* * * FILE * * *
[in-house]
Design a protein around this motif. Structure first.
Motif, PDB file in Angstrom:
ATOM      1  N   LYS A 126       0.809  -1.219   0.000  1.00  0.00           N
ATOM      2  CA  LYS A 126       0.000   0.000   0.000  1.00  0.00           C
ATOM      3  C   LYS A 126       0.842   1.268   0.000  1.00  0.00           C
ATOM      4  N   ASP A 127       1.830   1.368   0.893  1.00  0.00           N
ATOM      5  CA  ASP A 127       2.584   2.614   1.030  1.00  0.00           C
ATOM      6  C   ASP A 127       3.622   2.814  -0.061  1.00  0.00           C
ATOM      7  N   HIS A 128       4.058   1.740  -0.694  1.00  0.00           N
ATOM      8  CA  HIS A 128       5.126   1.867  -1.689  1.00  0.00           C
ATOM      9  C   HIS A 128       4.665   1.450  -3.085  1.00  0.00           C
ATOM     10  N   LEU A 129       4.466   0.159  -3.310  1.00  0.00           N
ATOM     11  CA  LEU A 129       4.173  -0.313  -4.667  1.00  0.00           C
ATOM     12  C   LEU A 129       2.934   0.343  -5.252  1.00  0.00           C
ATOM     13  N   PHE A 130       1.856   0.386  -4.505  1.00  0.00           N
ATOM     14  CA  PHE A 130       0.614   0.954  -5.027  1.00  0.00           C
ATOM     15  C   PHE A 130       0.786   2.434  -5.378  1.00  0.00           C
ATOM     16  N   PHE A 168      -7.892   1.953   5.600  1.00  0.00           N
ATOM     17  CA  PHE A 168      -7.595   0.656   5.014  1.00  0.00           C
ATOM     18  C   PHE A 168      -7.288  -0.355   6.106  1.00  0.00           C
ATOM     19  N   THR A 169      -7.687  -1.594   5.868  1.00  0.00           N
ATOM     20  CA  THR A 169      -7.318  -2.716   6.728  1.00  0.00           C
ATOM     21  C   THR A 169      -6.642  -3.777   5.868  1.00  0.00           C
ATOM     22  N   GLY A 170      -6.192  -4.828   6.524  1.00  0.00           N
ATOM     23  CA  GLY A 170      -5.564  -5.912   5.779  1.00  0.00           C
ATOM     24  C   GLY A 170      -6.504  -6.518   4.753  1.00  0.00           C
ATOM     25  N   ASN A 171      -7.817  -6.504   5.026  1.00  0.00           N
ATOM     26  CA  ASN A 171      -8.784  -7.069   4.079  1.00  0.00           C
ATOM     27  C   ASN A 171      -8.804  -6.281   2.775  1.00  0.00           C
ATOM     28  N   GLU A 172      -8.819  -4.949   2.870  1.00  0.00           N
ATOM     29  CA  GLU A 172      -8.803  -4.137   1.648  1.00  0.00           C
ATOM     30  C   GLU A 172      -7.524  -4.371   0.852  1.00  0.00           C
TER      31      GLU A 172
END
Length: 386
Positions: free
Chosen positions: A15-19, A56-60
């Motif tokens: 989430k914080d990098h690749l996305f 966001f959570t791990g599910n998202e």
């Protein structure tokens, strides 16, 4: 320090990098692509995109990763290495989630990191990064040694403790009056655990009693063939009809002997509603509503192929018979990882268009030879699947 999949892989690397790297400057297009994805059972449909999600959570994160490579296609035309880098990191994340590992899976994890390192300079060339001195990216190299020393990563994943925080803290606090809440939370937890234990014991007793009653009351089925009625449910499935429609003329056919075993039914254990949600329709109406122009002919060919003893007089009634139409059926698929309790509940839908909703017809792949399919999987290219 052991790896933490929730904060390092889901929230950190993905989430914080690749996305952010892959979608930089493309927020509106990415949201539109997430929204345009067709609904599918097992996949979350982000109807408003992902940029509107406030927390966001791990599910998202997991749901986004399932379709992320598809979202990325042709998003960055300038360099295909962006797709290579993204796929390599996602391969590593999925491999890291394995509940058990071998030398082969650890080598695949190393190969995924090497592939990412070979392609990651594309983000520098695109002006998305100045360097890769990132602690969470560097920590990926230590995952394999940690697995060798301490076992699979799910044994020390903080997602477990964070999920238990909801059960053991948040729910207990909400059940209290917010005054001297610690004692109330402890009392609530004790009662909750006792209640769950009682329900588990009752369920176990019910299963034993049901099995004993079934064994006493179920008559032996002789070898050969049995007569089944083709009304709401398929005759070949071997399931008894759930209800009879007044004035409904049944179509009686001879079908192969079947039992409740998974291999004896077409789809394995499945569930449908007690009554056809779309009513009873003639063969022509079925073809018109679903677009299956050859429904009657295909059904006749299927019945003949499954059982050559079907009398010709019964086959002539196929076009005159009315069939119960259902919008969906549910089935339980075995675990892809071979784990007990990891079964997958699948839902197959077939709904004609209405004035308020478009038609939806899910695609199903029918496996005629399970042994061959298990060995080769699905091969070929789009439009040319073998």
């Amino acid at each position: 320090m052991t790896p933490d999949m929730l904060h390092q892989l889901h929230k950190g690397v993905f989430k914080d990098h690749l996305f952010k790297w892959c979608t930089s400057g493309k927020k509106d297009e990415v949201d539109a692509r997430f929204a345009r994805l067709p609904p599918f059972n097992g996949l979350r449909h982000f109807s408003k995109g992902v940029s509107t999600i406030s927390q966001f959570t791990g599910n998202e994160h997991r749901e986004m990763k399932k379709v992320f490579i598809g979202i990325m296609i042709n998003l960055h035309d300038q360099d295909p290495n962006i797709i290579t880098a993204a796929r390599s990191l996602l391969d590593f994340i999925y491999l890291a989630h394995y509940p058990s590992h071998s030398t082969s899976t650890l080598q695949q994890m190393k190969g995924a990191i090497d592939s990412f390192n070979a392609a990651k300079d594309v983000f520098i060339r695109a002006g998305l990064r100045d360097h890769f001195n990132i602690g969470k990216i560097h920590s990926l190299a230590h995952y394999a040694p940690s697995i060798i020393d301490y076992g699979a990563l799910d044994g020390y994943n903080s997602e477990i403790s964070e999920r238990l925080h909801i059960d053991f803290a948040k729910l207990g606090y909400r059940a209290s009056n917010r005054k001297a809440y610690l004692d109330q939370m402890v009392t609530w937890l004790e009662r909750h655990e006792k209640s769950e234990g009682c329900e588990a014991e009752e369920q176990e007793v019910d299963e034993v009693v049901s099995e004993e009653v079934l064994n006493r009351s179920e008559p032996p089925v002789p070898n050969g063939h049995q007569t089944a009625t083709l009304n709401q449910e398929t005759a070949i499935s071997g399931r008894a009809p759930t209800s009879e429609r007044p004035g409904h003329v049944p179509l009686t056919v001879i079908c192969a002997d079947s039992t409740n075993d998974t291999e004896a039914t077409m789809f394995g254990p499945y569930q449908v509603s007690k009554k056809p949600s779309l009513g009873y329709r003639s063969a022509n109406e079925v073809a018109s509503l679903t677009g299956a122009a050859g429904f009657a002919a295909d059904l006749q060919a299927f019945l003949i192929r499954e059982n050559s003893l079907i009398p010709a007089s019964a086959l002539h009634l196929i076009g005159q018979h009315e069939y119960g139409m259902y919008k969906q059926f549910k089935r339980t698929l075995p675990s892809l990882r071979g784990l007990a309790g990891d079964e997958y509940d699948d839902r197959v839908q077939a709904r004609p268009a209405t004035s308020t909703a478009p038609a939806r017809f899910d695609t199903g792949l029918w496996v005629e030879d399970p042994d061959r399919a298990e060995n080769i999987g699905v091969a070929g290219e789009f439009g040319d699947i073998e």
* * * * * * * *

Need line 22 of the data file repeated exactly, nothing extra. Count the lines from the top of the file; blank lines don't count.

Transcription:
ATOM     19  N   THR A 169      -7.687  -1.594   5.868  1.00  0.00           N